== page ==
Her symptoms were, retching, gasping, grunting, and weight loss. Over the weekend her breathing improved but every time she tried to take 1 drop of water she would choke, she couldn’t even swallow. She would take it go to swallow but choke and it would all come out her mouth again. I had her put to sleep Monday afternoon.

Lily had a suspected pituitary tumour, which was treated with steroids but she stopped eating after being on them 6 weeks and I let her go.

Fern had a swollen face, x-rays showed a bone tumour in her cheek. She was never woken up from the anaesthetic.

It’s not just poor rodents that can suffer from this rare virus – humans can also catch the virus. I don’t think that I have had any effects from it, although just under 12 months ago, I had a strange rash. I went to the out of hours doctors at the hospital and she said it was shingles (a form of the pox virus-chicken pox etc) but when I asked my mum after I had been to the doctors she said I haven’t had chicken pox (which lays dormant in the system and leads to shingles).

Also a month or so ago, I had the same sort of rash appear and again I went to the doctors, told him I have had it before but I haven’t had chicken pox and he couldn’t really tell me what it was! He prescribed cream which cleared it up. So whether it is all related I don’t know.

Recently we have tried using fuciderm gel. Sav was put on this not that long ago to see if we could shrink the lumps so that we could freeze them off – which would be better than amputation – but it didn’t help anyway.

We cannot freeze them now as the lumps are so big and the foot so small, we are in danger of freezing the nerves in the foot..

So all I can do is leave it – I’ve been there for her when they split open and bleed, and given her antibiotics when it looks like infections may get in.

The only thing I can be thankful for is that my girls who have already left me and one girl who I have here now, 2 year old Dotty, their lumps never got to the size that Sav’s have before they died. I can’t see inside them, to see what damage has been done, but they don’t have any sores on their feet that constantly split open.

When the girls were first diagnosed, at first it did change quite a few things when it came to cleaning them out. I had to clean out more often, use vet bed on all the shelves, and clean that weekly. However, through all of this, the lumps continued to get worse, none of it helping at all.

So now I do the usual routine which I would do with any rats, spot clean the shelves daily (I took off the vet bed), and give it a thorough clean out once a week.

Whether any of the other rats were affected at the pet shop where I got Eb and Sav, I don’t know but I haven’t spread it around myself. My girls don’t go to shows and since I found out about the virus, I haven’t got any more rats. So I hope after this, this is the last I see and hear of the virus. Of course I don’t want to lose my girls but I do want them to be free of it.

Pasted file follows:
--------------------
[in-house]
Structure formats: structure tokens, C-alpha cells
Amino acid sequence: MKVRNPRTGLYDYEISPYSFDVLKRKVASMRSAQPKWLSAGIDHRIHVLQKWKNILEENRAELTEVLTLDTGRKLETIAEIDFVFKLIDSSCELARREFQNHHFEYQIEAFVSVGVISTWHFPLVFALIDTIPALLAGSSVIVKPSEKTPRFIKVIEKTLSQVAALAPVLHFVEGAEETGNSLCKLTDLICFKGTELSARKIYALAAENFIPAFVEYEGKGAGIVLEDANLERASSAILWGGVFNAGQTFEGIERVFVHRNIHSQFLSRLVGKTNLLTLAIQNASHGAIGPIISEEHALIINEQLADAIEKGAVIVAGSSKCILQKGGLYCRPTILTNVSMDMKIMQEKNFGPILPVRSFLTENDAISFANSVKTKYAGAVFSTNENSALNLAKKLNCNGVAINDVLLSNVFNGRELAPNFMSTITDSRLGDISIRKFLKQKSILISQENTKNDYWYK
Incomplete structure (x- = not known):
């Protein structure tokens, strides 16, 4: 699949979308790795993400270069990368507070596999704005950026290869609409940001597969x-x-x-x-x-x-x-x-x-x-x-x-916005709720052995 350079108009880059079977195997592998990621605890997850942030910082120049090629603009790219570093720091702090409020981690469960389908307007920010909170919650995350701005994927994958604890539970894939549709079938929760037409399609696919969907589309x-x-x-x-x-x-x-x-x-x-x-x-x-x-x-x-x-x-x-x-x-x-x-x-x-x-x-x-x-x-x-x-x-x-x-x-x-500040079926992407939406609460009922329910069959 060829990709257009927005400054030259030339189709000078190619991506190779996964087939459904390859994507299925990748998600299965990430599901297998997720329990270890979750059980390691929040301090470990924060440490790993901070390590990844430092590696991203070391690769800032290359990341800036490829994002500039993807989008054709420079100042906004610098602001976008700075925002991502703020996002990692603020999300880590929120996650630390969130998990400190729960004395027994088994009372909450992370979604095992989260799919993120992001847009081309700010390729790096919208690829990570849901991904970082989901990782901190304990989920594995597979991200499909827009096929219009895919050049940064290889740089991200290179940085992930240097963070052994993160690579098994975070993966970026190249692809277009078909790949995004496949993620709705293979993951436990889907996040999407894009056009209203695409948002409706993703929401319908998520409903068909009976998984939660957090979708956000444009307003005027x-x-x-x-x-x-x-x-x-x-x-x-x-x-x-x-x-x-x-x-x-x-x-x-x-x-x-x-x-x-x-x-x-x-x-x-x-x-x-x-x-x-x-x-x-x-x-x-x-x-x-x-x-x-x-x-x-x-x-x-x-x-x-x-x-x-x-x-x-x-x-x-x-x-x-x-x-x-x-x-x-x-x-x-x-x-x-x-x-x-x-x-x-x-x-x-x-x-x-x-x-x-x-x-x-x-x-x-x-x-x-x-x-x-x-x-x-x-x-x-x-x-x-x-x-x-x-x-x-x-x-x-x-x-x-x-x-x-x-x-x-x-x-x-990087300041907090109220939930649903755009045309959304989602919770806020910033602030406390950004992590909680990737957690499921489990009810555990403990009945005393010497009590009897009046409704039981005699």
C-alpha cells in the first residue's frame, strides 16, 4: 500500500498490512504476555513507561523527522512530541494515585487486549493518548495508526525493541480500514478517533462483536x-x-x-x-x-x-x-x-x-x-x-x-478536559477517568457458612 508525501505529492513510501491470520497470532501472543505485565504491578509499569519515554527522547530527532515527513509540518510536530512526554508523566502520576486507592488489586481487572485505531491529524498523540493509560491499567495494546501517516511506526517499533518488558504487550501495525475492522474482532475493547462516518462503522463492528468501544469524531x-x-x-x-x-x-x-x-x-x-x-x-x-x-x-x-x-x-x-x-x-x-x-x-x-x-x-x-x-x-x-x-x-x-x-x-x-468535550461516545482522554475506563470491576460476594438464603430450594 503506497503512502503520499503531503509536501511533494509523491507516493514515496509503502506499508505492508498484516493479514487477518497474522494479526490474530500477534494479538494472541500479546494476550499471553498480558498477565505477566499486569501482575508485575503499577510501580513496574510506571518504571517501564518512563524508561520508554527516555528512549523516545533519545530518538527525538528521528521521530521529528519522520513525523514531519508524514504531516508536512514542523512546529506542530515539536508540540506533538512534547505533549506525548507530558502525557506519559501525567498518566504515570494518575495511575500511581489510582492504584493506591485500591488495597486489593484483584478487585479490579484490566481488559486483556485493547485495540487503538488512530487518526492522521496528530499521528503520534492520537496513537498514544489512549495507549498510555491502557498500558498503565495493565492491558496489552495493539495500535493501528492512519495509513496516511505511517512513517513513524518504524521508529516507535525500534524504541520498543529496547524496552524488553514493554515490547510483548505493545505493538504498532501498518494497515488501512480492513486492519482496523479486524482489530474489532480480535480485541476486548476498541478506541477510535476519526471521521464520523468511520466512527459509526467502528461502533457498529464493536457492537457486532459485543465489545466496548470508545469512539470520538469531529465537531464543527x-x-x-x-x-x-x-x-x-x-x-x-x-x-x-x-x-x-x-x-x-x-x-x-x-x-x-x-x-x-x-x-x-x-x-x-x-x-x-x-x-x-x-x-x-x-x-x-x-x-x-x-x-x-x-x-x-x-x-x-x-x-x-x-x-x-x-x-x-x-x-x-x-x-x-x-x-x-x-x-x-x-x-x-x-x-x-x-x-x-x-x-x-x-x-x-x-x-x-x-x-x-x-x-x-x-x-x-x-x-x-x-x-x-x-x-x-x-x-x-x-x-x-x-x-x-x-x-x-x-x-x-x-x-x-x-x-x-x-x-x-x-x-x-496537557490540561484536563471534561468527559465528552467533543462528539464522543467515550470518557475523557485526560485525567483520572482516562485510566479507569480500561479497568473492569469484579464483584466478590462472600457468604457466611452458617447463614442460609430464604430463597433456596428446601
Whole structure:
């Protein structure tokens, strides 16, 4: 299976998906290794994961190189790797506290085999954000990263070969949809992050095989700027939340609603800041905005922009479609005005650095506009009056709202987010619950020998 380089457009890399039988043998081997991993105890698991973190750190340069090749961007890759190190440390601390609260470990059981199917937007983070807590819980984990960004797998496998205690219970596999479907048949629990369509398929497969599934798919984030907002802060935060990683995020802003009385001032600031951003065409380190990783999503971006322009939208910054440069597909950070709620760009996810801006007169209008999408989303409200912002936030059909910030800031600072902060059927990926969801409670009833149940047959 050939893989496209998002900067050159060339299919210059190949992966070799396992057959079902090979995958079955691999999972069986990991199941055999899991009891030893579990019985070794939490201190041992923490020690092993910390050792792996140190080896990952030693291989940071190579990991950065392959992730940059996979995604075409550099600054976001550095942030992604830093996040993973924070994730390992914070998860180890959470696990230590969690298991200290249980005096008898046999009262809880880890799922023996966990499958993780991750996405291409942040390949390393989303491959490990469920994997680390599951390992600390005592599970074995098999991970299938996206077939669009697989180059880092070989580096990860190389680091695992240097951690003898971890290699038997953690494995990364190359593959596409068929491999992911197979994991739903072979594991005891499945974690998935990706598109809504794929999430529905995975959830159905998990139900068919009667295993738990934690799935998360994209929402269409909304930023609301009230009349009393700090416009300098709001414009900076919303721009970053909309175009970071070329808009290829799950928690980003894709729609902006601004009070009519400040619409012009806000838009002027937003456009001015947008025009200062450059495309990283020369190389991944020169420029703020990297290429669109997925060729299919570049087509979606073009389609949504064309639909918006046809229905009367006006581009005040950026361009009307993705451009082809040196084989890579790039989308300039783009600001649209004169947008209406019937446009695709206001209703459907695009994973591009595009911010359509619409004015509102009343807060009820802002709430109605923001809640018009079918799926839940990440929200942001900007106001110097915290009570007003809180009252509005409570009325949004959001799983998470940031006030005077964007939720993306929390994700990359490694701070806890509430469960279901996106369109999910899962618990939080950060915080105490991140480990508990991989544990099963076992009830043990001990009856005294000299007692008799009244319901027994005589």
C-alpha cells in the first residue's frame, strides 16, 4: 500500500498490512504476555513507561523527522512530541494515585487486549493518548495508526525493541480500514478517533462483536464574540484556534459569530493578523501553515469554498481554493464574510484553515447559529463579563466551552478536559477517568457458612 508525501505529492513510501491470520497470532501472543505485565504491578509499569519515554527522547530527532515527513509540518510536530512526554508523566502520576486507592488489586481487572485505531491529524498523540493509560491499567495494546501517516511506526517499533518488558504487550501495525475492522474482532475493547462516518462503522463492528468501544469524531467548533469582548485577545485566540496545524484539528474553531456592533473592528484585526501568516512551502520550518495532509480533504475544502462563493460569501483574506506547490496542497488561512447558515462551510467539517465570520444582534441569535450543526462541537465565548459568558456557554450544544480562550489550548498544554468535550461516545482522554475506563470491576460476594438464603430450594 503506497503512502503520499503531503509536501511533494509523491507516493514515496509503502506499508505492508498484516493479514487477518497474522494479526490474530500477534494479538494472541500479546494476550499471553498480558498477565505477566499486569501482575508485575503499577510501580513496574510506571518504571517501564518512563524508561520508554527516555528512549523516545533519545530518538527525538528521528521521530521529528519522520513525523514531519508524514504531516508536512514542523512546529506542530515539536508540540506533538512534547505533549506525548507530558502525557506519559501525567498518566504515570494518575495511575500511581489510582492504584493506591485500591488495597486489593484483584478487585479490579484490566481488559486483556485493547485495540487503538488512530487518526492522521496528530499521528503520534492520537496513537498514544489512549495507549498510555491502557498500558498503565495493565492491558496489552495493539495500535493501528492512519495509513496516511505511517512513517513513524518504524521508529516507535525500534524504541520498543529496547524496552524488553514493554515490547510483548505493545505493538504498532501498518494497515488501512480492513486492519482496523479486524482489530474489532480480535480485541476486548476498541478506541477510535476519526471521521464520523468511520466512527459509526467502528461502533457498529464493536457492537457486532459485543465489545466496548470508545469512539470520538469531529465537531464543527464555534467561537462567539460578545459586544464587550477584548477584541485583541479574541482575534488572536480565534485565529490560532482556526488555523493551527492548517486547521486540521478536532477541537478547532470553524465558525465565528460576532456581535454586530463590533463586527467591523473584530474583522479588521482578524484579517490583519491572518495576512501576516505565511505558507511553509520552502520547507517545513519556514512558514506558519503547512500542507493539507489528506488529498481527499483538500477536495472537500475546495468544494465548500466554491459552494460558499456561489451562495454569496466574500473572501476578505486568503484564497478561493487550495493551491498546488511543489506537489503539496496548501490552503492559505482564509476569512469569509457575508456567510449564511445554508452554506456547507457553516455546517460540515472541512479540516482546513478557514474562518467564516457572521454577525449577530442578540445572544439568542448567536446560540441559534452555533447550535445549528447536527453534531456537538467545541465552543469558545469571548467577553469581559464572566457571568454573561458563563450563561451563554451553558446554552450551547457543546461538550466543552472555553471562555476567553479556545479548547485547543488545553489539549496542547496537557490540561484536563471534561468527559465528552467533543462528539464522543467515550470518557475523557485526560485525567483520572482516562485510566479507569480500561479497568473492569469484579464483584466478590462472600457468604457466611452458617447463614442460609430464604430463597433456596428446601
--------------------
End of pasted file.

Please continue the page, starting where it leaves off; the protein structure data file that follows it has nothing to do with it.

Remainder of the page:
I love my girls and pox virus or no pox virus, I wouldn’t change them for the World.

By Kaz Smith


Domino. When she was poorly that weekend.¤t=poorlydom003.jpg¤t=poorlydom001.jpg

Savannahs amputated toe.¤t=savtoe.jpg

Savs lumps don’t have time to scab over and form a warty type cover because they are constantly having pressure on them.¤t=poxlumps013.jpg¤t=feetpox009.jpg¤t=feetpox010.jpg¤t=51205022.jpg

Ricos lymph node tumours¤t=rico301105003.jpg

You can see her foot in this one¤t=rico301105001.jpg¤t=141105005.jpg

This is what the lumps look like when they are just forming¤t=rats031.jpg¤t=feetpox002.jpg

Both feet affected¤t=51205020.jpg

Orchids lump¤t=100_2616.jpg¤t=100_2715.jpg

This is the site that tells you a bit about the virus,

The Story of Smartie the Rat

This is the story of Smartie – a black and white hooded female who I was so lucky to rescue.

A friend of a friend was sharing a house with a girl that had a rat.

I heard that the girl had moved out of the house and had left the rat behind to be looked after by another tenant. I was worried that she wouldn’t be looked after her properly so when I received a phone call asking me if I wanted her, I went straight round to the house to pick her up. It was 16 October 2001.

I suppose she was about 6-8 months old. She had a nice clean glass tank and although she was quite skinny I realised that she had been well looked after.

I was told that she wasn’t very friendly, which was hardly surprising when I discovered that I was to be her 4th owner. I decided to call her Smartie.

Smartie had respiratory problems, her previous owner had lived in one room and was a heavy smoker so I don’t suppose that helped her at all. Also the glass tank must have restricted any fresh air circulating.

When I let her out in the hall she was quite nippy and tore around. She was quite happy to climb over me as an object but if I put my hand out to her she would try to go around it. Eventually she realised that she could use my hand as a stepping stone and began to wait for me to put my hand up to her so she could climb on.

I eventually started letting her play on the bed, as I also had 3 male rats who also played in the hall and the girly smell was becoming too much for them!

Smartie soon became a lovely little pet. She really loved a cuddle and having her head scratched. She would lie in my arms for ages while I stroked her. I noticed also that although she still breathed really fast, she didn’t wheeze quite as much. I supposed that the smoky atmosphere must have really affected her.

Smartie had been with me for around 5 months when I realised that she had stopped tearing around. She would just come out for a cuddle for maybe an hour then she would run across the living room floor and climb on the bookcase and stay perched on a book until I put her away.